For many, PlayStation 5 and Xbox Series is one step closer to PC gaming. Not in the sense of power or customization, but in regards to benefits and function. Now more than ever the benefits are less tangible than the shift from 2D to 3D or low polygon count too high and entirely performance. Better frame rates, sharper visuals, improved picture recreation, it all adds up and makes for an impressive experience. However, the downside is how much more complicated it is for a number of people. The last generation two USB ports were rough and four sounds nice but it doesn’t account for more complicated setups or simply having better control. With this in mind, we got Aukey’s CB-H6S adds 10 more ports to the equation, but will it meet expectations?
Going into CB-H6S we have Aukey’s more streamline packaging. Unlike the gaming line, which has thus far just been non-descript black packaging, Aukey includes a nice visual of the product, a basic explanation of what it is, and no real frills. Inside is just the CB-H6S with a power cable, USB cable and some documentation.
While CB-H6S is meant to be a universal device, the silver aluminum body is very reminiscent of Apple’s design. When paired with my silver iMac it matches well enough to not stand out in my setup. And, with other things, the premium look makes it look good regardless of where you decide to put it. And, best of all, it’s a relatively simple setup that didn’t require a lot of time or effort to make work.
With an impressive 10 ports, CB-H6S requires external power and it’s a rather substantial unit, complete with a brick. On one hand, this is increases the length to easily make it to your power source but on the other, it’s something to deal with. Once plugged in it should work out of the box with most things, including PlayStation 5.
Depending on your setup, the real advantage to CB-H6S is versatility and in some cases removes the need for wires. Both Xbox Series and PlayStation 5 make the wise choice of including USB ports on the back. As a result, the ideal play to put the dock is there and then run it to a location you won’t commonly see. The design actually lends itself to mounting, either behind a stand or something else, though I simply hid it behind my television.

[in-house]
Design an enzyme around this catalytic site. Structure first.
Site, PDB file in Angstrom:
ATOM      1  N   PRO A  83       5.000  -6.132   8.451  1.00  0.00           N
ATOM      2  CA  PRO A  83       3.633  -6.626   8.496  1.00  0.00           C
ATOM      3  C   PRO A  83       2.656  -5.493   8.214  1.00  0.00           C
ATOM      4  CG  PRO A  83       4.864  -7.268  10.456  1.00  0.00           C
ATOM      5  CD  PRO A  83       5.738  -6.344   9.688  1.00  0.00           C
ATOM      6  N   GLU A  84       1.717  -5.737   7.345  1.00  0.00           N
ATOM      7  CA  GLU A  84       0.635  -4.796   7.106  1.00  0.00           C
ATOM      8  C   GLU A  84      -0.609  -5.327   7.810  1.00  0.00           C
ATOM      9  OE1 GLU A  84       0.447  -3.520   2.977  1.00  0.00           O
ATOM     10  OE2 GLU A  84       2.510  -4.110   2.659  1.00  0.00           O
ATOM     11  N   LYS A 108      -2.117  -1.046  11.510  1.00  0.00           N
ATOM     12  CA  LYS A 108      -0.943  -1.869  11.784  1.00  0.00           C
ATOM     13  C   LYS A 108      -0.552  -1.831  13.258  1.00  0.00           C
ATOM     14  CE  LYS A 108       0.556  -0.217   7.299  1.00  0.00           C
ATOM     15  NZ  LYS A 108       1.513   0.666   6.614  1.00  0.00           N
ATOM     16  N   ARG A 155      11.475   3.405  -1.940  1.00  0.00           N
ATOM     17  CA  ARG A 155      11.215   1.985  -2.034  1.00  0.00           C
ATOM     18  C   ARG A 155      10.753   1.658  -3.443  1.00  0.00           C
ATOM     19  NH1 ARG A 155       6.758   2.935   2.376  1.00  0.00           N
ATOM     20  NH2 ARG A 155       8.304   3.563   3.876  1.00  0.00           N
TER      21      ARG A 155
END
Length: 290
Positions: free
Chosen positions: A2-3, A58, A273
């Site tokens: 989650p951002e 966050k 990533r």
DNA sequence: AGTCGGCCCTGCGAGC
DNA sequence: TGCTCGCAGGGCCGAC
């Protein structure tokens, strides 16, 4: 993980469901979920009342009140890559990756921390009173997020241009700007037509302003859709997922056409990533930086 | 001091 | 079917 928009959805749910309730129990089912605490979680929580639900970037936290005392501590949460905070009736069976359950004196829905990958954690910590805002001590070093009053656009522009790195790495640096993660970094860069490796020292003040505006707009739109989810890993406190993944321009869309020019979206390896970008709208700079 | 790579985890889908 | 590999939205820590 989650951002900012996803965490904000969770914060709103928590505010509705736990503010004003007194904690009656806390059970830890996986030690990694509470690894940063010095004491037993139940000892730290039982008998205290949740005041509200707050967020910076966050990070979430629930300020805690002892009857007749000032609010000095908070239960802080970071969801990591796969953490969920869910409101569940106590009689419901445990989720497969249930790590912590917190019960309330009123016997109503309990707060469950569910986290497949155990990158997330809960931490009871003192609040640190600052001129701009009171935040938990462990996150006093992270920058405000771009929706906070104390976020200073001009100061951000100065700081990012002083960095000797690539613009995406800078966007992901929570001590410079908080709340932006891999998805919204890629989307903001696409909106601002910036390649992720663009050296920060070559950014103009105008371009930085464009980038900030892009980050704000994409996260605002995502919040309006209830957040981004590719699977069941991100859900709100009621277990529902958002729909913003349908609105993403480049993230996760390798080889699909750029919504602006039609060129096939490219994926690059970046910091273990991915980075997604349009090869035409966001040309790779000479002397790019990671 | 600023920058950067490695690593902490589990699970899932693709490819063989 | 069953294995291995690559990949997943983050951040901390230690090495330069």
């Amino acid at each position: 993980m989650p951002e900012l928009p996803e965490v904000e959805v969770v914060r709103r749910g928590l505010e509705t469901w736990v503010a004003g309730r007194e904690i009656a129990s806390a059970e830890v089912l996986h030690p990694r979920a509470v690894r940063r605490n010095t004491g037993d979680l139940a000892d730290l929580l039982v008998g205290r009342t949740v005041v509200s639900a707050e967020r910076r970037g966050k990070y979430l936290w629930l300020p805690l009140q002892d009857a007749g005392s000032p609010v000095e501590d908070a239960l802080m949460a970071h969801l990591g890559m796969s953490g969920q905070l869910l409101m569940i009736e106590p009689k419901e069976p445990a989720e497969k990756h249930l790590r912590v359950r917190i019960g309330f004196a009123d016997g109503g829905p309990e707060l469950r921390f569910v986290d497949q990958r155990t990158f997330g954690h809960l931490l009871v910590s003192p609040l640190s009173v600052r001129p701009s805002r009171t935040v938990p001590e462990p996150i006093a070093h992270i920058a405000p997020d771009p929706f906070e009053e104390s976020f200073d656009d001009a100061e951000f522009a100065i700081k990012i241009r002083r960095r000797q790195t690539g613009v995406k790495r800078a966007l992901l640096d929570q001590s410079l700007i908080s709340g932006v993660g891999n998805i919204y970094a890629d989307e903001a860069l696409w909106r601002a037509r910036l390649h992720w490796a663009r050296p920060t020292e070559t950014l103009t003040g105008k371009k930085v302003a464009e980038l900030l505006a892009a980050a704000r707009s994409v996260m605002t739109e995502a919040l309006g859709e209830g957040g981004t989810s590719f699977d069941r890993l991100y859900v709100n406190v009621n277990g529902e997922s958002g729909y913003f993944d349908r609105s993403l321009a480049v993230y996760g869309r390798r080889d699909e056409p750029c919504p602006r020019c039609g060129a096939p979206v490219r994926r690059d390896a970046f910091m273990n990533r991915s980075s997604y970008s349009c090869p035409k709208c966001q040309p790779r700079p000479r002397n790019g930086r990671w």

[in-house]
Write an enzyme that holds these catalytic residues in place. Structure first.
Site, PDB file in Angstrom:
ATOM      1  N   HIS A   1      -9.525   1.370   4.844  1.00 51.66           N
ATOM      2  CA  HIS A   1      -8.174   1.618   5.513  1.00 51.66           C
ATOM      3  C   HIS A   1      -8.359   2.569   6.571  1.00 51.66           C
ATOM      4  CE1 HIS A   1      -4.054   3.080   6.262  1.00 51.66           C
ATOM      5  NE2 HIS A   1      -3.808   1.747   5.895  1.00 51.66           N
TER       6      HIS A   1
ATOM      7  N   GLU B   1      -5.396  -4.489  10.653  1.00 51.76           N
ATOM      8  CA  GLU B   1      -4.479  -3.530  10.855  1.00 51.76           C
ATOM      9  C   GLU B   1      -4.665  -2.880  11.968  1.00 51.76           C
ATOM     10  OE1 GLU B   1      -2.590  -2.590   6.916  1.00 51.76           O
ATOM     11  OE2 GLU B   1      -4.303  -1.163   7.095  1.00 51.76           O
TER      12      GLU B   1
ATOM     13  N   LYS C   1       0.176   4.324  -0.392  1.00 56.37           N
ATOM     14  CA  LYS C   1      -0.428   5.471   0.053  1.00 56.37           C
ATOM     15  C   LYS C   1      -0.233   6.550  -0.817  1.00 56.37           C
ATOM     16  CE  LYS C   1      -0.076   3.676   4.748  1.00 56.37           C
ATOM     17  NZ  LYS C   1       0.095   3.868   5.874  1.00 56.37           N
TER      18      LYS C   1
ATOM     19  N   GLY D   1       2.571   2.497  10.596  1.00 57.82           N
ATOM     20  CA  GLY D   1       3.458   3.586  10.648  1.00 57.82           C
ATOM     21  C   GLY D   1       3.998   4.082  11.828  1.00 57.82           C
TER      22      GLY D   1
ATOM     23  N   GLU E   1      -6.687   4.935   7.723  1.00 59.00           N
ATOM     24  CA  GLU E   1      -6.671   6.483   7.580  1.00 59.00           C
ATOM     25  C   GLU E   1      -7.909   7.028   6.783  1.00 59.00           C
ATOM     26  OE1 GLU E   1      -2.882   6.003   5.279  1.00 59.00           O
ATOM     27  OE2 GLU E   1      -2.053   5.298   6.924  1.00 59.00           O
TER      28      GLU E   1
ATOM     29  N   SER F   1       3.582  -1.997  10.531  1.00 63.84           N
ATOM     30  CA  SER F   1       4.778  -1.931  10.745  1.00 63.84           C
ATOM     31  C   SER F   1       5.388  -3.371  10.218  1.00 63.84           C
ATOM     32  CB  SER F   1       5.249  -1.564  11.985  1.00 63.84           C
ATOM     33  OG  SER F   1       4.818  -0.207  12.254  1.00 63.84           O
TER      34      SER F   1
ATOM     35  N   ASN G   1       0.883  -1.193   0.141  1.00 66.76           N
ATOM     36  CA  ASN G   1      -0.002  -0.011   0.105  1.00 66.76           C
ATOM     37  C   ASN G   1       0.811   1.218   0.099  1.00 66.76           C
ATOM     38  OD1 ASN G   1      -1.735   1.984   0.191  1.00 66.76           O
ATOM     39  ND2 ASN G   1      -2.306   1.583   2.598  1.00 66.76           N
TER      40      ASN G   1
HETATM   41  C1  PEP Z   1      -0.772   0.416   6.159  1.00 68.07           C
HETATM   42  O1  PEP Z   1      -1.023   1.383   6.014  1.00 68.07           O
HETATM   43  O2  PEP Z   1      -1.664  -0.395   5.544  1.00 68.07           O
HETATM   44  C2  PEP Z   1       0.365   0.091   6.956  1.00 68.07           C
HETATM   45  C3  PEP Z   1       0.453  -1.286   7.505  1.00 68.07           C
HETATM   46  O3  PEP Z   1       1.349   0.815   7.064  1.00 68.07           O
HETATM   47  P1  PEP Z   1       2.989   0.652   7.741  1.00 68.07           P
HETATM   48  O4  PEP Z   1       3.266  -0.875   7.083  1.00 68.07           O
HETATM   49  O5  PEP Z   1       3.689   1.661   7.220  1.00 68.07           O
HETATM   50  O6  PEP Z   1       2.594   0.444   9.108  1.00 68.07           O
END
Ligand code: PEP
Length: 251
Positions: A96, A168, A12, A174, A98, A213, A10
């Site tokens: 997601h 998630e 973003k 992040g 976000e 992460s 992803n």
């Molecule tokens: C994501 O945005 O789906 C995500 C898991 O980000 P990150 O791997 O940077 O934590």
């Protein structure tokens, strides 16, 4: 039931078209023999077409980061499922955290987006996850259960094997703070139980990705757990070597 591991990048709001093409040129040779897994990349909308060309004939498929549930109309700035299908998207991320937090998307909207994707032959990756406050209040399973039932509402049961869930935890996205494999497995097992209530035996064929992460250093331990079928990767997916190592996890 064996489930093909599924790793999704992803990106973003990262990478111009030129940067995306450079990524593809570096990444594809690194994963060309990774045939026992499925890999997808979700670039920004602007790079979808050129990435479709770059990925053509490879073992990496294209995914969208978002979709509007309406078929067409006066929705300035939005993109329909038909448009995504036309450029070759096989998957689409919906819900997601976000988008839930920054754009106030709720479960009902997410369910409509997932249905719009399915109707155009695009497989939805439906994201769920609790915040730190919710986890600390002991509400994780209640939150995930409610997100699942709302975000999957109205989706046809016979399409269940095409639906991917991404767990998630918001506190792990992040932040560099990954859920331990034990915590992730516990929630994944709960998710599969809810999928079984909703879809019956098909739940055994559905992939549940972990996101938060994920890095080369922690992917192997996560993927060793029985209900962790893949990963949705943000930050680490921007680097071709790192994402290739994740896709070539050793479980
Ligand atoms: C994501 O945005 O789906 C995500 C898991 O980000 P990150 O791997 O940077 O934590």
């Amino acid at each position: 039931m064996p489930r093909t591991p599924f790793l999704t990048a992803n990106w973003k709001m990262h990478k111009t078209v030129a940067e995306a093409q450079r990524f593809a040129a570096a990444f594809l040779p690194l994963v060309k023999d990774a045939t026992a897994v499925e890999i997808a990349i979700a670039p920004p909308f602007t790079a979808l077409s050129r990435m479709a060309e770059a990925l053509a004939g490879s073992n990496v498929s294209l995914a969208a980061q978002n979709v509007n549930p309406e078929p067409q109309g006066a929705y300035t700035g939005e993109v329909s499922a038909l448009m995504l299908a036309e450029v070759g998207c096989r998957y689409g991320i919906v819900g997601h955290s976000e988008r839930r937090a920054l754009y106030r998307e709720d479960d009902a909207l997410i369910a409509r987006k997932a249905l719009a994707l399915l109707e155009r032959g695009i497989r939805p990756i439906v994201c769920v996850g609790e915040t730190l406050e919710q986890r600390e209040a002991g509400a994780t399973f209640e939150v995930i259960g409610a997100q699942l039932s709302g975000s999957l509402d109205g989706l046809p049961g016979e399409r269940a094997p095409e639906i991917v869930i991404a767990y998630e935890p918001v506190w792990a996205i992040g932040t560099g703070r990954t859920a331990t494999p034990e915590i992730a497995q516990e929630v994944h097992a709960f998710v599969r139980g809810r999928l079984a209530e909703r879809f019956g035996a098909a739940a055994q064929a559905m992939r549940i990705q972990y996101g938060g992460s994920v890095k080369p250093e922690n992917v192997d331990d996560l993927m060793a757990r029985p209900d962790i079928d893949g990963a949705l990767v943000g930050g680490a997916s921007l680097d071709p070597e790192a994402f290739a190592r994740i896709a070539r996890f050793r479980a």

After extensive testing, I actually didn’t run into any issues using it as kind of a catch-all for my electronic equipment. For some, the idea of 10 ports is a bit excessive, in which case their CB-H5 or the more versatile 12-in-1 USB-C hub, but it really isn’t when you think about it.
If the end goal is eliminating wires and giving yourself plenty of things to play around with, one port should go to an external hard drive, with some common accessories being a USB dongle for a wireless headset, USB for saves, or other content, and charging cable. More advantage users or complicated households might keep multiple headsets connected, PlayStation 5 actually caps out at four if you were curious, external microphone, DAC, plus the space to build it out as needed. Something especially useful given the higher speed ports or the ability to easily add a mouse, keyboard, or maybe even a pro controller in the future.
CB-H6S Review Verdict
There really isn’t a lot that can be said about CB-H6S, much less negative about it. At its core, it’s a nice looking product that does exactly what it sets out to do. The ability to work with PlayStation 5 (Xbox Series was not tested, but should work) is a huge benefit and can fit in almost every setup. Even if the idea isn’t to remove cables entirely, you can easily switch between devices by simply connecting it to another device. It makes so many things significantly easier that it’s easy to say this is a must-have accessory for new console owners or just someone that wants to simplify their set up.
[Editor’s Note: Aukey CB-H6S was provided to us for review purposes.]